LETTERSFrom Cliff Bennett, Cranmore:
WE are going through another spate of letters advocating building a bridge, almost all of them citing as a reason, the cost of ferry travel.
Anyone who lives on the Island and wants a bridge didn’t ought to be living here. Build a bridge and the Island becomes a peninsula and immediately loses all the attraction for most tourists — the fact that it is an island.
A couple of weeks ago a correspondent wrote that the £400 million that it would cost could be recouped in tolls within three years. I have no idea where this figure was plucked from but you would be lucky to get an approach road for that.
Logistically, a bridge to the east would be an enormous project and would have to be at least 300ft above sea level to allow shipping to access Southampton, and the ships are still getting bigger. Build it to the west and it would devastate the whole of the West Wight and probably a large swathe of the New Forest for its approach.
What would it do to the Island economy? Probably kill it off. There would be no need for any local distribution services as everything would come direct — no fuel terminal, no ready-mix concrete plants, no fresh fruit and vegetables locally, the list is endless.
The hotel trade would be devastated as the Island would become a Mecca for day trippers from other southern resorts.
On the dark side, a bridge would make easy entry and exit for all sorts of undesirables and I would expect a dramatic rise in the crime rate, particularly burglary.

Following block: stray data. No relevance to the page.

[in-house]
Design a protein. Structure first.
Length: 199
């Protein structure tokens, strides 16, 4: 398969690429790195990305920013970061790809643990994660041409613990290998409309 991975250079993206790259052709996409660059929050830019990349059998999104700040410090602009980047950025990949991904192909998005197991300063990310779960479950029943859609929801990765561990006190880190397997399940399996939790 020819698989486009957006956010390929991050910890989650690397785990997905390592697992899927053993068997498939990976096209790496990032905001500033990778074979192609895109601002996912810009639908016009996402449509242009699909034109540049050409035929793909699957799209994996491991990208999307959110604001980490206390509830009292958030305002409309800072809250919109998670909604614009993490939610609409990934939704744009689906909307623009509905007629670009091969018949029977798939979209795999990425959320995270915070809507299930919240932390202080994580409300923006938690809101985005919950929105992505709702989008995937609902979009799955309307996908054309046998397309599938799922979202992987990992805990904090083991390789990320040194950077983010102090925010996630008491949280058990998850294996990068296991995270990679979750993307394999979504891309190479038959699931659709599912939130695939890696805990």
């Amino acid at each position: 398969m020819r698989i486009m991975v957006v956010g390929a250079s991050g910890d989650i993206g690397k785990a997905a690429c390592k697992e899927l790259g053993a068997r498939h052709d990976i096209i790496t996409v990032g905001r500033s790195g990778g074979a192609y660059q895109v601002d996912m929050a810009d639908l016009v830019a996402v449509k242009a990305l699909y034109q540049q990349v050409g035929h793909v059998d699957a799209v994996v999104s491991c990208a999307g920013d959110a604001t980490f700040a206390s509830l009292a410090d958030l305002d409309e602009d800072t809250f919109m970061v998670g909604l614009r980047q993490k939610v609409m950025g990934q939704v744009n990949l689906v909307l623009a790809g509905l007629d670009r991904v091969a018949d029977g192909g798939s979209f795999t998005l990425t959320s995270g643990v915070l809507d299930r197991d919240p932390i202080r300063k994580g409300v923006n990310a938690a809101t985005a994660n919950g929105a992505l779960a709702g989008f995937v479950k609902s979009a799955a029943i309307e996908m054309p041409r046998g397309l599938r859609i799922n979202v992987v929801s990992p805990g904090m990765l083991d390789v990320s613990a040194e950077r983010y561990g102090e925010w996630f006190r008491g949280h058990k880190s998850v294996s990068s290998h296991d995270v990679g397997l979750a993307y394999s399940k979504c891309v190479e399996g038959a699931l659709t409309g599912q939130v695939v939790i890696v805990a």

What of the Island’s infrastructure? To cope with a large increase in vehicular movement, new roads would have to built to the detriment of the environment.
The argument revolves around the cost of ferry fares but how many of the people complaining have any idea how much it costs to operate the ferries? How many of them know that the cost of fuel has risen 40 per cent in the last year? How many of them know that new emissions regulations about to come in will mean the ferries will have to run on even more expensive fuel?
How many of them know that 45 per cent of the time ferries are operating below a third capacity? The operating costs remain constant and all these factors are built into the ticket price.
The cost of a passenger return from Yarmouth to Lymington is £12.50 from the Island. The cost of a bus journey to Newport and back from Yarmouth is nearly as much, so why is one a rip off and the other not?
I moved to the Island 30 years ago and there is something about that barrier of water that gives me a comforting feeling. Remove that barrier, especially for financial reasons only, and the IW will only change for the worse and lose its special identity forever.
• Another letter on this topic in the Friday, June 8, County Press